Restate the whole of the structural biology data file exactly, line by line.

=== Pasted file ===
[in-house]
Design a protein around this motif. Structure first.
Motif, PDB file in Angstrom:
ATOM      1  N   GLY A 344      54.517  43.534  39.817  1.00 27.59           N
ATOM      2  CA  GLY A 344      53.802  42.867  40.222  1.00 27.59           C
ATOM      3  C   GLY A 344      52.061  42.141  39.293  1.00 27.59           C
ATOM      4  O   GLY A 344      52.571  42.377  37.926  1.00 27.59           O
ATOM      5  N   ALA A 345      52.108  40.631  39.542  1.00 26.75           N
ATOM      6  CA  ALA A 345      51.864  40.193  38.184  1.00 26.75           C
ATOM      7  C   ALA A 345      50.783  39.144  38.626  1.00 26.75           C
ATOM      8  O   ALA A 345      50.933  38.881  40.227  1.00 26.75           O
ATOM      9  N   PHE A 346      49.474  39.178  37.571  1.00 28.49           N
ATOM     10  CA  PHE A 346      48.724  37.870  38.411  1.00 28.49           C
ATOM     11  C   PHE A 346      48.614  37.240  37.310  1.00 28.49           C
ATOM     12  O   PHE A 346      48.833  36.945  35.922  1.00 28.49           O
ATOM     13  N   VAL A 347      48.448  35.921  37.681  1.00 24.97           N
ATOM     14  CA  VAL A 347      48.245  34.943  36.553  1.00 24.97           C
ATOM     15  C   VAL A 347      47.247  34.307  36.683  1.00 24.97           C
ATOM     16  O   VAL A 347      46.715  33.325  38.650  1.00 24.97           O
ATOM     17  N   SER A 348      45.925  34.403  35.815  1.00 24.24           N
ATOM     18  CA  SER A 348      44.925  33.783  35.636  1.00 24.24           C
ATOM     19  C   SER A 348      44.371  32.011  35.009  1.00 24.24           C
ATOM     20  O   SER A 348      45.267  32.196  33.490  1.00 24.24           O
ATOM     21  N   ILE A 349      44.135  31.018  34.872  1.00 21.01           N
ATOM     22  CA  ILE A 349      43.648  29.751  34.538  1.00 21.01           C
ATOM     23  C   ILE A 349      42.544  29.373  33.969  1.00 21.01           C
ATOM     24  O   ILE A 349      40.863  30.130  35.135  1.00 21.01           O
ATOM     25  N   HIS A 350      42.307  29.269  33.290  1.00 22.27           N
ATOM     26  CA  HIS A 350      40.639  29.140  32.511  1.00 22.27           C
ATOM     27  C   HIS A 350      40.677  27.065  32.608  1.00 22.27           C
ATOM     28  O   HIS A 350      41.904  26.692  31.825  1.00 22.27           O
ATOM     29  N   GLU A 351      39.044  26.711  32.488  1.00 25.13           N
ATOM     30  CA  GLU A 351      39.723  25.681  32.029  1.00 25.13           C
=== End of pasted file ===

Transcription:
[in-house]
Design a protein around this motif. Structure first.
Motif, PDB file in Angstrom:
ATOM      1  N   GLY A 344      54.517  43.534  39.817  1.00 27.59           N
ATOM      2  CA  GLY A 344      53.802  42.867  40.222  1.00 27.59           C
ATOM      3  C   GLY A 344      52.061  42.141  39.293  1.00 27.59           C
ATOM      4  O   GLY A 344      52.571  42.377  37.926  1.00 27.59           O
ATOM      5  N   ALA A 345      52.108  40.631  39.542  1.00 26.75           N
ATOM      6  CA  ALA A 345      51.864  40.193  38.184  1.00 26.75           C
ATOM      7  C   ALA A 345      50.783  39.144  38.626  1.00 26.75           C
ATOM      8  O   ALA A 345      50.933  38.881  40.227  1.00 26.75           O
ATOM      9  N   PHE A 346      49.474  39.178  37.571  1.00 28.49           N
ATOM     10  CA  PHE A 346      48.724  37.870  38.411  1.00 28.49           C
ATOM     11  C   PHE A 346      48.614  37.240  37.310  1.00 28.49           C
ATOM     12  O   PHE A 346      48.833  36.945  35.922  1.00 28.49           O
ATOM     13  N   VAL A 347      48.448  35.921  37.681  1.00 24.97           N
ATOM     14  CA  VAL A 347      48.245  34.943  36.553  1.00 24.97           C
ATOM     15  C   VAL A 347      47.247  34.307  36.683  1.00 24.97           C
ATOM     16  O   VAL A 347      46.715  33.325  38.650  1.00 24.97           O
ATOM     17  N   SER A 348      45.925  34.403  35.815  1.00 24.24           N
ATOM     18  CA  SER A 348      44.925  33.783  35.636  1.00 24.24           C
ATOM     19  C   SER A 348      44.371  32.011  35.009  1.00 24.24           C
ATOM     20  O   SER A 348      45.267  32.196  33.490  1.00 24.24           O
ATOM     21  N   ILE A 349      44.135  31.018  34.872  1.00 21.01           N
ATOM     22  CA  ILE A 349      43.648  29.751  34.538  1.00 21.01           C
ATOM     23  C   ILE A 349      42.544  29.373  33.969  1.00 21.01           C
ATOM     24  O   ILE A 349      40.863  30.130  35.135  1.00 21.01           O
ATOM     25  N   HIS A 350      42.307  29.269  33.290  1.00 22.27           N
ATOM     26  CA  HIS A 350      40.639  29.140  32.511  1.00 22.27           C
ATOM     27  C   HIS A 350      40.677  27.065  32.608  1.00 22.27           C
ATOM     28  O   HIS A 350      41.904  26.692  31.825  1.00 22.27           O
ATOM     29  N   GLU A 351      39.044  26.711  32.488  1.00 25.13           N
ATOM     30  CA  GLU A 351      39.723  25.681  32.029  1.00 25.13           C